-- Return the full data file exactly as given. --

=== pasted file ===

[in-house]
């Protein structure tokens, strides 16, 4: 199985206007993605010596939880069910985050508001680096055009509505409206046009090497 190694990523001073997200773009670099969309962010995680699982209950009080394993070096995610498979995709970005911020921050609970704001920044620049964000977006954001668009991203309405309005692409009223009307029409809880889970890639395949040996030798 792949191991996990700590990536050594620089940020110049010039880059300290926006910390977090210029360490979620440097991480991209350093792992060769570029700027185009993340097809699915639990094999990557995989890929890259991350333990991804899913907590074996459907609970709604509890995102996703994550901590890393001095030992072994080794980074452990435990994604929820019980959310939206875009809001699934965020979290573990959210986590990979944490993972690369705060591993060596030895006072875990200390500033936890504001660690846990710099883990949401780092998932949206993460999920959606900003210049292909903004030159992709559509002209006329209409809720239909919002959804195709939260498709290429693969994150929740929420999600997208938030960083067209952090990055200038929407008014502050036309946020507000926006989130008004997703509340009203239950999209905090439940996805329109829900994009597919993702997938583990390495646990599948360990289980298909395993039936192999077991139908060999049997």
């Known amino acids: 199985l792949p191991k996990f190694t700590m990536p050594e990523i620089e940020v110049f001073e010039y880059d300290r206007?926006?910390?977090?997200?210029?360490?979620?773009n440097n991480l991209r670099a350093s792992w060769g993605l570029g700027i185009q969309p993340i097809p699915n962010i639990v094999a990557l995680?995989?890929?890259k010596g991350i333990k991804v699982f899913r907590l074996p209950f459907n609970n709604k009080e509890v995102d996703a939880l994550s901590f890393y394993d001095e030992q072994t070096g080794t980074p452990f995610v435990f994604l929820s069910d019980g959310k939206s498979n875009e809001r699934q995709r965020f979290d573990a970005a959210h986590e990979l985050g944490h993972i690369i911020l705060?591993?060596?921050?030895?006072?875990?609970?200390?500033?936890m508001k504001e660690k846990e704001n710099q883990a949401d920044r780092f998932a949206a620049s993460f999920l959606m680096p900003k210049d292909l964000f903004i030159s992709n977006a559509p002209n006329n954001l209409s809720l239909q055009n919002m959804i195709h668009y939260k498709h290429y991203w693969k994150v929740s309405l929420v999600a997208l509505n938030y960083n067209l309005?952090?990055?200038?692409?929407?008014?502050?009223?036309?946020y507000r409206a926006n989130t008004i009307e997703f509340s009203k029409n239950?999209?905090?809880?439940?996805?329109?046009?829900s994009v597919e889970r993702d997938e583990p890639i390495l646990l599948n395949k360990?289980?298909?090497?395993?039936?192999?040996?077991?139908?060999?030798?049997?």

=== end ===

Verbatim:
[in-house]
């Protein structure tokens, strides 16, 4: 199985206007993605010596939880069910985050508001680096055009509505409206046009090497 190694990523001073997200773009670099969309962010995680699982209950009080394993070096995610498979995709970005911020921050609970704001920044620049964000977006954001668009991203309405309005692409009223009307029409809880889970890639395949040996030798 792949191991996990700590990536050594620089940020110049010039880059300290926006910390977090210029360490979620440097991480991209350093792992060769570029700027185009993340097809699915639990094999990557995989890929890259991350333990991804899913907590074996459907609970709604509890995102996703994550901590890393001095030992072994080794980074452990435990994604929820019980959310939206875009809001699934965020979290573990959210986590990979944490993972690369705060591993060596030895006072875990200390500033936890504001660690846990710099883990949401780092998932949206993460999920959606900003210049292909903004030159992709559509002209006329209409809720239909919002959804195709939260498709290429693969994150929740929420999600997208938030960083067209952090990055200038929407008014502050036309946020507000926006989130008004997703509340009203239950999209905090439940996805329109829900994009597919993702997938583990390495646990599948360990289980298909395993039936192999077991139908060999049997």
């Known amino acids: 199985l792949p191991k996990f190694t700590m990536p050594e990523i620089e940020v110049f001073e010039y880059d300290r206007?926006?910390?977090?997200?210029?360490?979620?773009n440097n991480l991209r670099a350093s792992w060769g993605l570029g700027i185009q969309p993340i097809p699915n962010i639990v094999a990557l995680?995989?890929?890259k010596g991350i333990k991804v699982f899913r907590l074996p209950f459907n609970n709604k009080e509890v995102d996703a939880l994550s901590f890393y394993d001095e030992q072994t070096g080794t980074p452990f995610v435990f994604l929820s069910d019980g959310k939206s498979n875009e809001r699934q995709r965020f979290d573990a970005a959210h986590e990979l985050g944490h993972i690369i911020l705060?591993?060596?921050?030895?006072?875990?609970?200390?500033?936890m508001k504001e660690k846990e704001n710099q883990a949401d920044r780092f998932a949206a620049s993460f999920l959606m680096p900003k210049d292909l964000f903004i030159s992709n977006a559509p002209n006329n954001l209409s809720l239909q055009n919002m959804i195709h668009y939260k498709h290429y991203w693969k994150v929740s309405l929420v999600a997208l509505n938030y960083n067209l309005?952090?990055?200038?692409?929407?008014?502050?009223?036309?946020y507000r409206a926006n989130t008004i009307e997703f509340s009203k029409n239950?999209?905090?809880?439940?996805?329109?046009?829900s994009v597919e889970r993702d997938e583990p890639i390495l646990l599948n395949k360990?289980?298909?090497?395993?039936?192999?040996?077991?139908?060999?030798?049997?």